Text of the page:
Learning from other creative industries (III): typology of learning
This is the third of a mini-series of posts about the business of interdisciplinary learning amongst creative industries.
In last week’s post my previous post in this series I gave a concrete example of interdisciplinary learning, using the occasion of attending a talk by Jeremy Tankard as a mini-case study. Here I wish to vary the focus by trying to capture interdisciplinary learning through generalisations rather than specifics.
When I reflect on how, as a publisher, I have learnt from other creatives, I find there have been five types of learning. They are as follows.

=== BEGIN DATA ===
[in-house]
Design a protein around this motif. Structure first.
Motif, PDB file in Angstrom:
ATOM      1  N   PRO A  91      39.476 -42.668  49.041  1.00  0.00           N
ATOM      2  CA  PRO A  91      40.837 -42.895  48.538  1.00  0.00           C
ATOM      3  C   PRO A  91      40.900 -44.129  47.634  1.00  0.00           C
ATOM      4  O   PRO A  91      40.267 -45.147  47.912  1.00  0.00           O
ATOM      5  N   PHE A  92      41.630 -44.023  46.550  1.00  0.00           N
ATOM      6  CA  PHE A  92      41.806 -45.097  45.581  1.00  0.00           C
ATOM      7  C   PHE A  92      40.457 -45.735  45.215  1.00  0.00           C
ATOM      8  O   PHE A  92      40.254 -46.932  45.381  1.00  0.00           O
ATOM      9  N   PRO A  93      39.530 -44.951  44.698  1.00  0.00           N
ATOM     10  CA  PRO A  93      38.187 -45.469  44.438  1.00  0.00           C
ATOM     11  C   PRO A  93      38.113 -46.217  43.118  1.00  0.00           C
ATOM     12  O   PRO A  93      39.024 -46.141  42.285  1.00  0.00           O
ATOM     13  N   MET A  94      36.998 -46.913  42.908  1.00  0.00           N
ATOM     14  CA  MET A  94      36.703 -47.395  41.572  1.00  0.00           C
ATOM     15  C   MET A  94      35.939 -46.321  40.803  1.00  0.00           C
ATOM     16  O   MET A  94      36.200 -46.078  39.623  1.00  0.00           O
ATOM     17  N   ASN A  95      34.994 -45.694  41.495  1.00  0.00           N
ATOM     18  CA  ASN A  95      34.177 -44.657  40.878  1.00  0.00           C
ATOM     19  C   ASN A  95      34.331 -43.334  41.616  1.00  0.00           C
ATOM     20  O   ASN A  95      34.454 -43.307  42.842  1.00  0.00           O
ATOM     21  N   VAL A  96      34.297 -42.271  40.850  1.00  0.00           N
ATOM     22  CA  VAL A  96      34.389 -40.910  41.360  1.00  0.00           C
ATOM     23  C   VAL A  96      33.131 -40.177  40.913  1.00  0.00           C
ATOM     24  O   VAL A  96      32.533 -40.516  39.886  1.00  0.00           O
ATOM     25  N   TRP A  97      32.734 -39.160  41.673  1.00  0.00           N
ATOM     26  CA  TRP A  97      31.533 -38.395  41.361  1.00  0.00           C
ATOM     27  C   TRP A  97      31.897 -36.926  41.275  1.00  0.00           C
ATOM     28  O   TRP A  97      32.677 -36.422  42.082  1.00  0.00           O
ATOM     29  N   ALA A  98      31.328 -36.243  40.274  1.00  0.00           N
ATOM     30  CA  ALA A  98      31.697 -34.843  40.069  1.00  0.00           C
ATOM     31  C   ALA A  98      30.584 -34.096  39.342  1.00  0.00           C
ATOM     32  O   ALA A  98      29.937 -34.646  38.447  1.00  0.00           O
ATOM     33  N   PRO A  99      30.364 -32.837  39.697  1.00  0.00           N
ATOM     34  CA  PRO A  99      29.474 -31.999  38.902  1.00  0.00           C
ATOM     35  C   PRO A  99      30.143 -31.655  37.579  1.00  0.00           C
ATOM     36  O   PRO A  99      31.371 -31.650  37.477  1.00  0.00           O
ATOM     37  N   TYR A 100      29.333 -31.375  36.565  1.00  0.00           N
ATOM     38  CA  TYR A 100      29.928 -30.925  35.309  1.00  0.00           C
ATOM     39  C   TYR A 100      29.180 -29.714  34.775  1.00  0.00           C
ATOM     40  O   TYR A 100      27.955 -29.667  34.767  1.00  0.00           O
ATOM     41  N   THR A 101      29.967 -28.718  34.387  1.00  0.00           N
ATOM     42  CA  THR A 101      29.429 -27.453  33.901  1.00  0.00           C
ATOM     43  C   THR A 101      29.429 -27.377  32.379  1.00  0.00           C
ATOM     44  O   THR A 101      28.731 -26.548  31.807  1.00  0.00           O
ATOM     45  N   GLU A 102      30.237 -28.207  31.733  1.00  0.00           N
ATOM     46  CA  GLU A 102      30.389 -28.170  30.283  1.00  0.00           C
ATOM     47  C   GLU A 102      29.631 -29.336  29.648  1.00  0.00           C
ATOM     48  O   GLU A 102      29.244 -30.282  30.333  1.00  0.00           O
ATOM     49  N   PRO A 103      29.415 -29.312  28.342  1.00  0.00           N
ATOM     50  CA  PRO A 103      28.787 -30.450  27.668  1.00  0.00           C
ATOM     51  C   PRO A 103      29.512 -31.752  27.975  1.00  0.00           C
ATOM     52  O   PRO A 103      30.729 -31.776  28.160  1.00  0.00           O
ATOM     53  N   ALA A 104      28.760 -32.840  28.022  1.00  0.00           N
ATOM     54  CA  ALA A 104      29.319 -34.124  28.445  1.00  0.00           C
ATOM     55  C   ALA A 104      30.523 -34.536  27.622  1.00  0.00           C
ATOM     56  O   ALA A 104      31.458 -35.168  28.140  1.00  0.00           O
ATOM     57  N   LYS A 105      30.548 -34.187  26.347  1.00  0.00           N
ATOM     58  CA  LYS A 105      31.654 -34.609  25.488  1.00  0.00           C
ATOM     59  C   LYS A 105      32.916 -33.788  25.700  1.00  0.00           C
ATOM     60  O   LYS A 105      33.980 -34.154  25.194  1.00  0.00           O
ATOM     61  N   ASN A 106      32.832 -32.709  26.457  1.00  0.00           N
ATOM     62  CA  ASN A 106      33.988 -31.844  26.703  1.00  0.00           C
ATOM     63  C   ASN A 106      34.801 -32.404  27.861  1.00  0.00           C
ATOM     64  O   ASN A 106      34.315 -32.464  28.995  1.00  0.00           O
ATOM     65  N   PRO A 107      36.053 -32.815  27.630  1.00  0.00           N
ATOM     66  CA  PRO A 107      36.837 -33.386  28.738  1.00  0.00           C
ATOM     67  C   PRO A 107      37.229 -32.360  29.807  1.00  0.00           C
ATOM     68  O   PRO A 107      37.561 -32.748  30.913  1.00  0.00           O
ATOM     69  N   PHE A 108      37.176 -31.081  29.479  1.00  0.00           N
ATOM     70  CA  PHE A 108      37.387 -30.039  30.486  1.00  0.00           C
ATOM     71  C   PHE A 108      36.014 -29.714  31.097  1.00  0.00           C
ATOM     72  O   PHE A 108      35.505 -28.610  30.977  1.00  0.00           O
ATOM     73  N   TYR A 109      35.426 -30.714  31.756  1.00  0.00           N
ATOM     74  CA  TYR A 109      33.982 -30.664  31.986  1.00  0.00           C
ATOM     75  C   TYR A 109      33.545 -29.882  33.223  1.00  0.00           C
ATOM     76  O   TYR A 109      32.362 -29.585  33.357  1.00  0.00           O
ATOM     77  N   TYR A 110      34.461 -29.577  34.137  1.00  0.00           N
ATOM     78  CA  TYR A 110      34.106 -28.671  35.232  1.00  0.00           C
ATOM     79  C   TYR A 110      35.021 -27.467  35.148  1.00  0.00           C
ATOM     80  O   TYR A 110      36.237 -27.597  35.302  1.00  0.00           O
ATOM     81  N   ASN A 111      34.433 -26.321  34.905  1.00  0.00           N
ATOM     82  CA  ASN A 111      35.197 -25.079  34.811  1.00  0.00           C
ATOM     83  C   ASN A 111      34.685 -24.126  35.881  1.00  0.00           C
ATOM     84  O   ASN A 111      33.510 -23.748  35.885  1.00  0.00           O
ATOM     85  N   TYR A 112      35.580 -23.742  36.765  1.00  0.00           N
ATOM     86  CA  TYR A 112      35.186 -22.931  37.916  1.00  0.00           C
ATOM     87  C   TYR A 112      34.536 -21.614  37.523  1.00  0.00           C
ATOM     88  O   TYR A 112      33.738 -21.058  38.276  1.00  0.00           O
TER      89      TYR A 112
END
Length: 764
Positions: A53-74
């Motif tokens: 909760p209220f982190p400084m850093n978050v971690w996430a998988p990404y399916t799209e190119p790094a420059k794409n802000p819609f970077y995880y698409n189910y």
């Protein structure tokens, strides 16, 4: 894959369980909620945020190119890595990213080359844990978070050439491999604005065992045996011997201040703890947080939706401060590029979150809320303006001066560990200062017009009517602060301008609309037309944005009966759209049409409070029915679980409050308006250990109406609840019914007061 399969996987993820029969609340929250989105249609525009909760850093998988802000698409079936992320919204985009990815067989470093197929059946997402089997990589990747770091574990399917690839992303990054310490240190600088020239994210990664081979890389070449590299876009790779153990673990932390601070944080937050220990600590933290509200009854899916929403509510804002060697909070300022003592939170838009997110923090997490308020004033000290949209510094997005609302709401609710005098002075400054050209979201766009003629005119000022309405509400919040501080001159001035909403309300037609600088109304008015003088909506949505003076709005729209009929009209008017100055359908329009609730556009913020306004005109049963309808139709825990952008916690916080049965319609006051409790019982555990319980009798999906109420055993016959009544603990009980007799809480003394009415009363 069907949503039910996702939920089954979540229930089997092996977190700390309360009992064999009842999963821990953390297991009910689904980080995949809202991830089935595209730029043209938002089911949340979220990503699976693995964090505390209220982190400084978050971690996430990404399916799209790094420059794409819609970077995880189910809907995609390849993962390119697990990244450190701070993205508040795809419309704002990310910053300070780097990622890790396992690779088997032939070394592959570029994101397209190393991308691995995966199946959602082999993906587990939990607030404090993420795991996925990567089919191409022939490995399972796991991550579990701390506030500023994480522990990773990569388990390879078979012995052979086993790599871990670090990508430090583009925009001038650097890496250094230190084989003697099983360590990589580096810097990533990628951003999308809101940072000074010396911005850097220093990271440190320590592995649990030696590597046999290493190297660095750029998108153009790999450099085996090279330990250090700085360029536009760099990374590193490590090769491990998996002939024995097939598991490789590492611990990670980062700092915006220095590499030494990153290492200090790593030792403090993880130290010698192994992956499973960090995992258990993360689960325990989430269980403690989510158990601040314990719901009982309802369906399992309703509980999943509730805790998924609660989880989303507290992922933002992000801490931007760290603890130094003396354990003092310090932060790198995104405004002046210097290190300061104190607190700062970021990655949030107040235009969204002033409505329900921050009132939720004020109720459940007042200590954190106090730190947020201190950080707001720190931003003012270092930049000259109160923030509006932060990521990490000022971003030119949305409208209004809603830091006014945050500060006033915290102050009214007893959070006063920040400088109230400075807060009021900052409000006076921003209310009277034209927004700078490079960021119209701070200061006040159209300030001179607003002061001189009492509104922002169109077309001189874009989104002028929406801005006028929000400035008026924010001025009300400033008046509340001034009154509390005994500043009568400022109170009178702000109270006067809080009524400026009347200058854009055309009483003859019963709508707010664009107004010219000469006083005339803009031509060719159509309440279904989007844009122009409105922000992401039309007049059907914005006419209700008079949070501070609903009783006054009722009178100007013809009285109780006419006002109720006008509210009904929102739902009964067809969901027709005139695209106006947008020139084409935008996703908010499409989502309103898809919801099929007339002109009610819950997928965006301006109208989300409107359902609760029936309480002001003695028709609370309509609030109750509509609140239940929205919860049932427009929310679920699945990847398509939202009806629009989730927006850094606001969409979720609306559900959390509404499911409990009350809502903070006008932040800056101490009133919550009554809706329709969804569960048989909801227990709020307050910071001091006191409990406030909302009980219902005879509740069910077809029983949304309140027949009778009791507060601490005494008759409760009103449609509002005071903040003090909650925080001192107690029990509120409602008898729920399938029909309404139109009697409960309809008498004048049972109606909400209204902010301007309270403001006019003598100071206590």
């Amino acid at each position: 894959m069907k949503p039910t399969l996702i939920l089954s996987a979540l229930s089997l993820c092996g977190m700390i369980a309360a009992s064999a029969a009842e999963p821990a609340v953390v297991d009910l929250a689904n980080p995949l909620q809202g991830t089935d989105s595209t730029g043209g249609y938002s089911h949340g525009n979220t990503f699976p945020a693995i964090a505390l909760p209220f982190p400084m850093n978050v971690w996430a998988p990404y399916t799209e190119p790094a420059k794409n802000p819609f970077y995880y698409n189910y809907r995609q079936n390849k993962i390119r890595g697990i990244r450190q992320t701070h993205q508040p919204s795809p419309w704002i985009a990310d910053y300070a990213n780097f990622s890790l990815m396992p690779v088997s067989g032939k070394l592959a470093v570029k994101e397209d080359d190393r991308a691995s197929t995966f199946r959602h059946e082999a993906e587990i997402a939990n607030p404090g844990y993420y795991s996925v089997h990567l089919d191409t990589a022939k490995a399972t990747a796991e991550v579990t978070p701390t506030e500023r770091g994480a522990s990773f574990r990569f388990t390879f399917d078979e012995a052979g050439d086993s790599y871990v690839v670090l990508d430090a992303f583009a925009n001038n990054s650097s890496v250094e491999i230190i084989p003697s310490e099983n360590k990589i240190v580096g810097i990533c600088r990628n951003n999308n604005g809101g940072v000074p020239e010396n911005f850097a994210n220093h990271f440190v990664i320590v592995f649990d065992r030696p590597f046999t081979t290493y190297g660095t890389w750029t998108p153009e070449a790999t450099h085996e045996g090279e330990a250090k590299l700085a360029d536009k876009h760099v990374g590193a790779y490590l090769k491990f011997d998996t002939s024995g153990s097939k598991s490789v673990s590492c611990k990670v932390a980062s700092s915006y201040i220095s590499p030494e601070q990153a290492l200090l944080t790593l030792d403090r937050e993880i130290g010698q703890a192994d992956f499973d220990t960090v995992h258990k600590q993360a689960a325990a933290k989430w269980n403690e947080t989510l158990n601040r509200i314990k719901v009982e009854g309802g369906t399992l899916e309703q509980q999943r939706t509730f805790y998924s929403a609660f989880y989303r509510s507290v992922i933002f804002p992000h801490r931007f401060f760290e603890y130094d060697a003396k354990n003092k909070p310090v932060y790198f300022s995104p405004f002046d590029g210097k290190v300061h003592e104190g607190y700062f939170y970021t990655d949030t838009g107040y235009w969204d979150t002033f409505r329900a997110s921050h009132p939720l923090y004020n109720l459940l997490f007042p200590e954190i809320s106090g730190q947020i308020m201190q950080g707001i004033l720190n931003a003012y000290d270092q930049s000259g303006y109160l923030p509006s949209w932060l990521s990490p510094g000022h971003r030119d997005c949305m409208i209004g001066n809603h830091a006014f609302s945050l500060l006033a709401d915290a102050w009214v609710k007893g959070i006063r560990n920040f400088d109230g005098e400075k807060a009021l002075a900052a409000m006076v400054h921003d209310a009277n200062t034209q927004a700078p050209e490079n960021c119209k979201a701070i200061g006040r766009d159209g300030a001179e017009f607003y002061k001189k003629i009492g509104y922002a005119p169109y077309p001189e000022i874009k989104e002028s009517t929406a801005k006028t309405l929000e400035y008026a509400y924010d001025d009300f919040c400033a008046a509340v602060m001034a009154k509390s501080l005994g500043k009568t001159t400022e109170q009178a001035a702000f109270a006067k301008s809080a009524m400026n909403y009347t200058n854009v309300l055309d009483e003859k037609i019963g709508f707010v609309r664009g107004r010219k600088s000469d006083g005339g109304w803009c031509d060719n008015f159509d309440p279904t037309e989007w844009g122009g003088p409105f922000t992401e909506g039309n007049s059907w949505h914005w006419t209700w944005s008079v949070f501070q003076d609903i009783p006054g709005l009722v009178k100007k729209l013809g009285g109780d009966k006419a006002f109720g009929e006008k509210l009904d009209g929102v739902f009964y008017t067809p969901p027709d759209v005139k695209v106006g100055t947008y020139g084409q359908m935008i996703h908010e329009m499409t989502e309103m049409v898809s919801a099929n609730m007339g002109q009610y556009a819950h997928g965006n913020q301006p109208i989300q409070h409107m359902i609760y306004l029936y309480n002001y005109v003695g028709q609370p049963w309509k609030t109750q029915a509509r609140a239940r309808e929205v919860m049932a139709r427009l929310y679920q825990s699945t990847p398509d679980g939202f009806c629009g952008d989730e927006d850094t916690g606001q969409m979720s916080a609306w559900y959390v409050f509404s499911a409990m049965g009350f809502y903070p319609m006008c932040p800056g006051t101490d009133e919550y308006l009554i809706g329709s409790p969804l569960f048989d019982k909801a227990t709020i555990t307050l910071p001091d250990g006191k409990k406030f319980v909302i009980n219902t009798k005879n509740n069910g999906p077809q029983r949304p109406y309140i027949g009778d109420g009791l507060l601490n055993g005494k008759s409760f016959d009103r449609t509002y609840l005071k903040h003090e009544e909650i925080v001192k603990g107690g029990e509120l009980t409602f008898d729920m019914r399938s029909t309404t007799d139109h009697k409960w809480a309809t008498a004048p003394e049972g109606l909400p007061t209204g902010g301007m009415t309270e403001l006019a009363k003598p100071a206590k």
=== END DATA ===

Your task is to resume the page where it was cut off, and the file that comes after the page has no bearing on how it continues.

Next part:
1. Inspiration. One sees someone doing something good in one industry and thinks, “I’d like to do the equivalent in mine”. (For an example, see my post on the analogy between micropublishers and microbreweries.)
2. Questioning. One sees an industry doing something different from one’s own industry and thinks, “Could we do it that way?”. For example, books take months to produce, yet magazines come out weekly or monthly. How does that happen?
3. Revelation. Trends in design, fashion,cuisine etc. reveal – through embodiment – what is happening in society at large.
4. Workflow design. For example, one can seek to transfer elements of software development processes to book publishing (a point explored in a previous post on designing workflow).
5. Business design. One can think of the design of a business – for example, in the book industry the design of a supply chain or of a publishing list – the way creatives think of designing a product.